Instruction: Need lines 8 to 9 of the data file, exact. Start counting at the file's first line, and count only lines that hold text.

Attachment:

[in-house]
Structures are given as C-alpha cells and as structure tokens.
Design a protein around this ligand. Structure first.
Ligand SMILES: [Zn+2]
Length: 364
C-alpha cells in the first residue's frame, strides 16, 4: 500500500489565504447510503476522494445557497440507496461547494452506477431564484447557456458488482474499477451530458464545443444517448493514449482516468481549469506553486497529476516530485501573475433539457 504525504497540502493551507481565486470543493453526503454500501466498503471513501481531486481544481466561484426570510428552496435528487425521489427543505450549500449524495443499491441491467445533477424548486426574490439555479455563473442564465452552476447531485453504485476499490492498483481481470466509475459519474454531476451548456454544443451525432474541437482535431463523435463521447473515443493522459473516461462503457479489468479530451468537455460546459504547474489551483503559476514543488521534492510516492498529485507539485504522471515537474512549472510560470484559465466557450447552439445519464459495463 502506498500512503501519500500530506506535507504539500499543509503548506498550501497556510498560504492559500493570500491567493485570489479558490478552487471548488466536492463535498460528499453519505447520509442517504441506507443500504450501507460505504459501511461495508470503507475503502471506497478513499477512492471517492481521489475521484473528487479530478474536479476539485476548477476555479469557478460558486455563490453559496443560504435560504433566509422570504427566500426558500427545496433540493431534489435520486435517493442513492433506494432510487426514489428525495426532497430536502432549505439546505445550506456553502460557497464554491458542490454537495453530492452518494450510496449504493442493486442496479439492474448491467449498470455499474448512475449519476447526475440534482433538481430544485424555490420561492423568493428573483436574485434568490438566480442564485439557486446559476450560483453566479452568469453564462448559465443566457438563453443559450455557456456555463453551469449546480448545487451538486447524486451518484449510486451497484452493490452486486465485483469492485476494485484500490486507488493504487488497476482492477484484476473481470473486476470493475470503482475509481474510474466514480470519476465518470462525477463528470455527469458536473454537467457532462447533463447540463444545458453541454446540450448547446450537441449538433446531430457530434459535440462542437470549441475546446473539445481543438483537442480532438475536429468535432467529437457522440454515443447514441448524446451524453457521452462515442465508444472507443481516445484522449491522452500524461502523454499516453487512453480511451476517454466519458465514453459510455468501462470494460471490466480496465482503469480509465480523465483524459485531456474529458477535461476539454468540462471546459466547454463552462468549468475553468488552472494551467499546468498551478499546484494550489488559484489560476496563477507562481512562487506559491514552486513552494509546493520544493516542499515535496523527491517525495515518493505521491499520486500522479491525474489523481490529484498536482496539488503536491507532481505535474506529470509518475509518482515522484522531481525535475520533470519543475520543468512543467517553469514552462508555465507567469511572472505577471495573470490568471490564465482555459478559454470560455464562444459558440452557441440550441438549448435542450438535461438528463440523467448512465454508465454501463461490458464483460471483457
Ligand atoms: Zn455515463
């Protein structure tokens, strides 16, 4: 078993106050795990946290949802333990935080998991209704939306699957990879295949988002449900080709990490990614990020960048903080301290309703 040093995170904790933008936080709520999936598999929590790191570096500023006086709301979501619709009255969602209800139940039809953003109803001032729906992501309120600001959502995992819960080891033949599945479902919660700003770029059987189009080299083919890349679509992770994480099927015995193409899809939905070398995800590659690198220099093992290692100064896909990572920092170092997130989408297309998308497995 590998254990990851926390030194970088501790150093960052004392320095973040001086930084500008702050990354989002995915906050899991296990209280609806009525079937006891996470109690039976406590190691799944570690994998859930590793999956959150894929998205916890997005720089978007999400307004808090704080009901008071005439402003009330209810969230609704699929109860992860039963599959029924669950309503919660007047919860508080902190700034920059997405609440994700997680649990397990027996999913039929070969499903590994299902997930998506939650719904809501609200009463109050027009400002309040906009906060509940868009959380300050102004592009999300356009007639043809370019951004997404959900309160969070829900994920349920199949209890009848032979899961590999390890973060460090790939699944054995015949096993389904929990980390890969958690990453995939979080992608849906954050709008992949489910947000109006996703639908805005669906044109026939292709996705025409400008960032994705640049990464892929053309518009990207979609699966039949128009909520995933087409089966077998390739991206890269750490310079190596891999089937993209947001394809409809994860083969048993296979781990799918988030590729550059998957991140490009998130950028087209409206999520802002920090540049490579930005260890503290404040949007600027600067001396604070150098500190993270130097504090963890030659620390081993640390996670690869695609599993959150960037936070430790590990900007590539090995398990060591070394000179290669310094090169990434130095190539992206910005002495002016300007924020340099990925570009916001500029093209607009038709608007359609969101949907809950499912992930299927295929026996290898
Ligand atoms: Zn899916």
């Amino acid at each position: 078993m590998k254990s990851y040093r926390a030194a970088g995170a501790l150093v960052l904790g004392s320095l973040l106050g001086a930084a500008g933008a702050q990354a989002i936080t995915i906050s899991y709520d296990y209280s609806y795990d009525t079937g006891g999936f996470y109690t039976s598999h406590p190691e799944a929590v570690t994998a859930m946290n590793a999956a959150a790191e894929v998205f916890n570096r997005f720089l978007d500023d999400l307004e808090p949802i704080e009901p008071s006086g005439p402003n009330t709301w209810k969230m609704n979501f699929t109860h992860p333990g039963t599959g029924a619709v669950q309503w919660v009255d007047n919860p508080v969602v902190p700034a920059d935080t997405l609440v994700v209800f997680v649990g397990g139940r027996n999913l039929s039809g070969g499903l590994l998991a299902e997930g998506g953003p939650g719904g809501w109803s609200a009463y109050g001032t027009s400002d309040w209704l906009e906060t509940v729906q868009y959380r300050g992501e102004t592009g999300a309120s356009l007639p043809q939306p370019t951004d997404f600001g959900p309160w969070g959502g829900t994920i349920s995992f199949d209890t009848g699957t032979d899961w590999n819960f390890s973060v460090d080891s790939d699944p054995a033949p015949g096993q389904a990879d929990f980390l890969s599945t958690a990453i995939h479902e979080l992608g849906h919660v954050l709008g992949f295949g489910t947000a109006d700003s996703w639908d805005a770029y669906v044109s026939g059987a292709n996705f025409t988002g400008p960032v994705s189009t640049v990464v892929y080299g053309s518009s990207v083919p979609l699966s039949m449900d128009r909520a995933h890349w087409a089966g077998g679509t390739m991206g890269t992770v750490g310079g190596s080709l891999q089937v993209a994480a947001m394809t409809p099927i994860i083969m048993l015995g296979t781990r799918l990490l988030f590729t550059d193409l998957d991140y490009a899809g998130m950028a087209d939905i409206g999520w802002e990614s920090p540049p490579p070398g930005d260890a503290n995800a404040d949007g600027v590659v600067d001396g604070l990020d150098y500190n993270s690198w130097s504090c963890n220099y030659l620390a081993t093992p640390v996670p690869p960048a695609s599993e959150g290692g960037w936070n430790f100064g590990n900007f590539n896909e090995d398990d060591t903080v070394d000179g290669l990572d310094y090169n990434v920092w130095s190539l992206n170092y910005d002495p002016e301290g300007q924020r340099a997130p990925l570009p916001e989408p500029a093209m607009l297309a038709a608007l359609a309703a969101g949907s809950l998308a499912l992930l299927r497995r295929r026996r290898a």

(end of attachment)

């Protein structure tokens, strides 16, 4: 078993106050795990946290949802333990935080998991209704939306699957990879295949988002449900080709990490990614990020960048903080301290309703 040093995170904790933008936080709520999936598999929590790191570096500023006086709301979501619709009255969602209800139940039809953003109803001032729906992501309120600001959502995992819960080891033949599945479902919660700003770029059987189009080299083919890349679509992770994480099927015995193409899809939905070398995800590659690198220099093992290692100064896909990572920092170092997130989408297309998308497995 590998254990990851926390030194970088501790150093960052004392320095973040001086930084500008702050990354989002995915906050899991296990209280609806009525079937006891996470109690039976406590190691799944570690994998859930590793999956959150894929998205916890997005720089978007999400307004808090704080009901008071005439402003009330209810969230609704699929109860992860039963599959029924669950309503919660007047919860508080902190700034920059997405609440994700997680649990397990027996999913039929070969499903590994299902997930998506939650719904809501609200009463109050027009400002309040906009906060509940868009959380300050102004592009999300356009007639043809370019951004997404959900309160969070829900994920349920199949209890009848032979899961590999390890973060460090790939699944054995015949096993389904929990980390890969958690990453995939979080992608849906954050709008992949489910947000109006996703639908805005669906044109026939292709996705025409400008960032994705640049990464892929053309518009990207979609699966039949128009909520995933087409089966077998390739991206890269750490310079190596891999089937993209947001394809409809994860083969048993296979781990799918988030590729550059998957991140490009998130950028087209409206999520802002920090540049490579930005260890503290404040949007600027600067001396604070150098500190993270130097504090963890030659620390081993640390996670690869695609599993959150960037936070430790590990900007590539090995398990060591070394000179290669310094090169990434130095190539992206910005002495002016300007924020340099990925570009916001500029093209607009038709608007359609969101949907809950499912992930299927295929026996290898
Ligand atoms: Zn899916």